Where should I deliver?
This is always a question when someone is starting out, and often a question for people who have been driving for awhile. Where is the best place to drive? Where is the best place to do my deliveries?
This is a critical question for being able to drive profitably. There are places that are better than others, and your choice of places to drive can make or break you. So how do you know where to go?
Getting started: Find places you are comfortable with
A week ago, in episode four, we talked about knowing your area. This is critical to your success. You want to get as familiar with your market as you can. This allows you to operate more efficiently, and it gives you confidence. There’s just something that makes you feel good when you know where something is without needing help. What did we do before GPS? Well, that would be printed maps from Mapquest… or the old map books…
If you’re just getting started and still a little intimidated by your market, go ahead and start in areas that you are comfortable with. Get to know the restaurants that deliver in those areas, open up the apps or websites for the platforms you deliver for and see who’s there. Start with your area and spread out.
Getting more comfortable: Find the busy places or hotspots
You will find that you’re forced to get to know some other areas as you go. Deliveries don’t always stay within a small region. That’s okay, you get to slowly spread out and slowly get more confident with other parts of town.
This is when you can start paying attention to things like the hotspots that some apps provide, showing where things are really busy. I don’t recommend hightailing it to those hotspots by any means, too often too many other drivers do as well and it’s saturated by the time you get there. But start familiarizing yourself with areas that are busier.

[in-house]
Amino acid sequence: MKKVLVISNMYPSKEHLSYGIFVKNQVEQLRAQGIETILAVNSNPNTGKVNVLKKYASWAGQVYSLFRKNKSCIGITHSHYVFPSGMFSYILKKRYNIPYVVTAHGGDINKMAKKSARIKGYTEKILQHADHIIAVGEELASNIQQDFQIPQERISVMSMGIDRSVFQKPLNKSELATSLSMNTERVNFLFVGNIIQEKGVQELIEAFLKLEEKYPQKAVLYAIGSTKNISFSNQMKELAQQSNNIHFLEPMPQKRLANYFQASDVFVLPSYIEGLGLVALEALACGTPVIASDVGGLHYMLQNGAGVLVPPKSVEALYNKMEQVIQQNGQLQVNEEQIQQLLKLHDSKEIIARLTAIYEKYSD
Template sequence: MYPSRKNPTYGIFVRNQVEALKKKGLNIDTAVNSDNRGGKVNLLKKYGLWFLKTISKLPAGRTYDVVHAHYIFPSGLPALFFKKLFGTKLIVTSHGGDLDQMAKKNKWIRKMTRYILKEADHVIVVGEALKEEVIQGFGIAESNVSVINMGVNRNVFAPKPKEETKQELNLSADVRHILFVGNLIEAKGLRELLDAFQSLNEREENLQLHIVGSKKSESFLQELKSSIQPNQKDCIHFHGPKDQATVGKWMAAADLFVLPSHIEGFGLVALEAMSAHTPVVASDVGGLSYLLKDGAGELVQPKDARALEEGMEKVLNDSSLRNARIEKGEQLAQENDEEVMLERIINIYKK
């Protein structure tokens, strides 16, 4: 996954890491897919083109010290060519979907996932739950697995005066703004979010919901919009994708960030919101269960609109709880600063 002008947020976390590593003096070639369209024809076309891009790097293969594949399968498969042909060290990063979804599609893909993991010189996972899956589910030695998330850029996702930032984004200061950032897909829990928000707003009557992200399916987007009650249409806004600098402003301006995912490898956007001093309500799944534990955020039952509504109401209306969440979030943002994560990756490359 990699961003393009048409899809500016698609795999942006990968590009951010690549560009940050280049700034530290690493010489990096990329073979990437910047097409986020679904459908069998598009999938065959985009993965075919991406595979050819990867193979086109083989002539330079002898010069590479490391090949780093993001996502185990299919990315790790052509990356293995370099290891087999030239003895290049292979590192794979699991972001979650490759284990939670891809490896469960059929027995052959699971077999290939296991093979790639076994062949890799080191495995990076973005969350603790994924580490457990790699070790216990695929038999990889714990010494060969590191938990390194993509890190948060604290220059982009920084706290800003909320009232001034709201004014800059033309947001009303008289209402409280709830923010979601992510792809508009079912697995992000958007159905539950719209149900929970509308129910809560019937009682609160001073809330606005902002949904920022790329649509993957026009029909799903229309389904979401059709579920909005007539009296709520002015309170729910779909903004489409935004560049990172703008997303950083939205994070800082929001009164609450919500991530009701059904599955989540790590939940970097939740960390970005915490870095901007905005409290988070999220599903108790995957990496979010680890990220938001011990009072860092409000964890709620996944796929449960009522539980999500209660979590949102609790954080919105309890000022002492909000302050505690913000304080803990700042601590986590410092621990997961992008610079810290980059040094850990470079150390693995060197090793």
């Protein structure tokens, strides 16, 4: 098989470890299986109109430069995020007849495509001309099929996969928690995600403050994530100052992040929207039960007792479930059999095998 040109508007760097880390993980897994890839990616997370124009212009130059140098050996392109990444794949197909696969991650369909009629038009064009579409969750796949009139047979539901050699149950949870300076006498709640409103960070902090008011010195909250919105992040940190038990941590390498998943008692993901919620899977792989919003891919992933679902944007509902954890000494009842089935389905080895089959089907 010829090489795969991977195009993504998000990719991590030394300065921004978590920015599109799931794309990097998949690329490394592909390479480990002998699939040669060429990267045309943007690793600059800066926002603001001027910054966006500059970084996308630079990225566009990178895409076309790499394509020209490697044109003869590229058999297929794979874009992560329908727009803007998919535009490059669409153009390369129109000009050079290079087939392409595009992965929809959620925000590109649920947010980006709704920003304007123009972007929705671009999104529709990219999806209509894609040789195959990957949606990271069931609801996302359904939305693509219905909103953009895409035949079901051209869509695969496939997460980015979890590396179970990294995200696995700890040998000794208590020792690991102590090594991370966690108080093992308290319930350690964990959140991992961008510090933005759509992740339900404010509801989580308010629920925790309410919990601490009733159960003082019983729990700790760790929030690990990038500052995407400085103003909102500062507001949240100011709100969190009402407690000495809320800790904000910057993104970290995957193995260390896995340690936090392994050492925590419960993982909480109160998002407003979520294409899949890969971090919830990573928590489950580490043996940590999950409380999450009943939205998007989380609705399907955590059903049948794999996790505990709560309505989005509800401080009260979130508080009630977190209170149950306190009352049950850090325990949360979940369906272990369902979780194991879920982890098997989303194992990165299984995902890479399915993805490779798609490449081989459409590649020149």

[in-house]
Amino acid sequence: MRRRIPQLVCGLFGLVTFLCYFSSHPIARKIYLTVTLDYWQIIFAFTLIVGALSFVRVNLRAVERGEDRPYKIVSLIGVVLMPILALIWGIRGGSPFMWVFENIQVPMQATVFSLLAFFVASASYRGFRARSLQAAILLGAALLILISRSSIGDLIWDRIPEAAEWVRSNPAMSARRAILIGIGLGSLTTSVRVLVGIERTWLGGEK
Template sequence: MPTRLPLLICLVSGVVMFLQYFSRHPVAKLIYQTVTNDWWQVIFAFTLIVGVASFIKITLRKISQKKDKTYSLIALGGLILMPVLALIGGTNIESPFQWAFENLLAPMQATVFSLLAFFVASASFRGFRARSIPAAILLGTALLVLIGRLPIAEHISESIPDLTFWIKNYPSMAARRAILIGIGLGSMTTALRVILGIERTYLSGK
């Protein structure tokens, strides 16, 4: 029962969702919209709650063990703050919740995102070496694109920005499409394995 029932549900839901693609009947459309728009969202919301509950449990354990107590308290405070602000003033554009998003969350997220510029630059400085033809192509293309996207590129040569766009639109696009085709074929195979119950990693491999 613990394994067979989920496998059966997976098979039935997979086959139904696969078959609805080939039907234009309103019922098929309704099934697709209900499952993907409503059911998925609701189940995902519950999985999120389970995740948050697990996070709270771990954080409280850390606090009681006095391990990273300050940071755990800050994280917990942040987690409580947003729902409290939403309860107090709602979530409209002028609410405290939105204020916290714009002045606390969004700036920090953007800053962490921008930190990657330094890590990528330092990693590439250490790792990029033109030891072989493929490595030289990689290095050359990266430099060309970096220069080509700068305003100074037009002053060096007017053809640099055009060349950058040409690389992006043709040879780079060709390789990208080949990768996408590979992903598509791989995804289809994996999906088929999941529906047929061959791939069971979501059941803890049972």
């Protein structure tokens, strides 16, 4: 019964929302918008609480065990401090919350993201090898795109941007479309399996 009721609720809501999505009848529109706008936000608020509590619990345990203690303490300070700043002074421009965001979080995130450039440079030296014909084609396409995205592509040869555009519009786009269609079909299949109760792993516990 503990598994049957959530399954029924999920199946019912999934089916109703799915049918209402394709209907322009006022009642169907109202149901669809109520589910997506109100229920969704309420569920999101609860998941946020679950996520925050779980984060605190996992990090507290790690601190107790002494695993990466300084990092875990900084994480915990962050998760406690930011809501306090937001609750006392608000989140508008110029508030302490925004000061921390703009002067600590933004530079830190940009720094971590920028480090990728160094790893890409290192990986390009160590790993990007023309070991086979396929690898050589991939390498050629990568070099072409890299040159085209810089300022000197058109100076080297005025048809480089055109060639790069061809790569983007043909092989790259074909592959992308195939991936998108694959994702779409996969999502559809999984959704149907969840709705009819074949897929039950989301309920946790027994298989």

ESPECIALLY familiarize yourself with busy areas that have deliveries from higher end restaurants. The order totals are higher, meaning tips are usually higher.
From there, you can also start paying attention to if certain apps have incentives for an area. Sometims that area is just so busy that you can make good money. I only recommend heading to busier areas IF they are fairly close to you. Remember the 40 cent rule from yesterday – every minute you aren’t on a delivery is a minute you’re not earning money. Driving to another area is costing you 40 cents a minute AND 35 cents a mile or so. Is that other area going to pay well enough to make that up?
Going Ninja: Measuring the profitable areas.
Once you’ve gotten more familiarity with your total market, there’s one thing you can do that can really up your game. You’re going ninja here. You’re going full on geek here too, by the way. Geek-ninja!
What you’re going to do is start tracking how profitable each part of your market is. You’re going to do some delivery-specific market research. I talked a couple of episodes about tracking your progress, and one part of that can be to track every delivery. This is one way tracking every delivery can make a difference.
Choose which markets you want to measure
Divide your market up into a handful of zones. As you get to know your area, you have an idea what the major areas are. Maybe you’ll steal from the zones that an app like Doordash uses? Divide them up in a way where there’s similarity across a zone – you don’t want to mix downtown with a spread out suburb for instance – but do it so it’s easy to identify a boundary.
Start tracking individual deliveries, by market area
Now, start writing down the details of each delivery and what zone it was in. You can do this on a spreadsheet and sort by zones, or you can have several sheets of paper, one for each zone. For each delivery, all you need to write down is:
- How many minutes it took from the time you started towards the restaurant to pick up to the time you dropped off.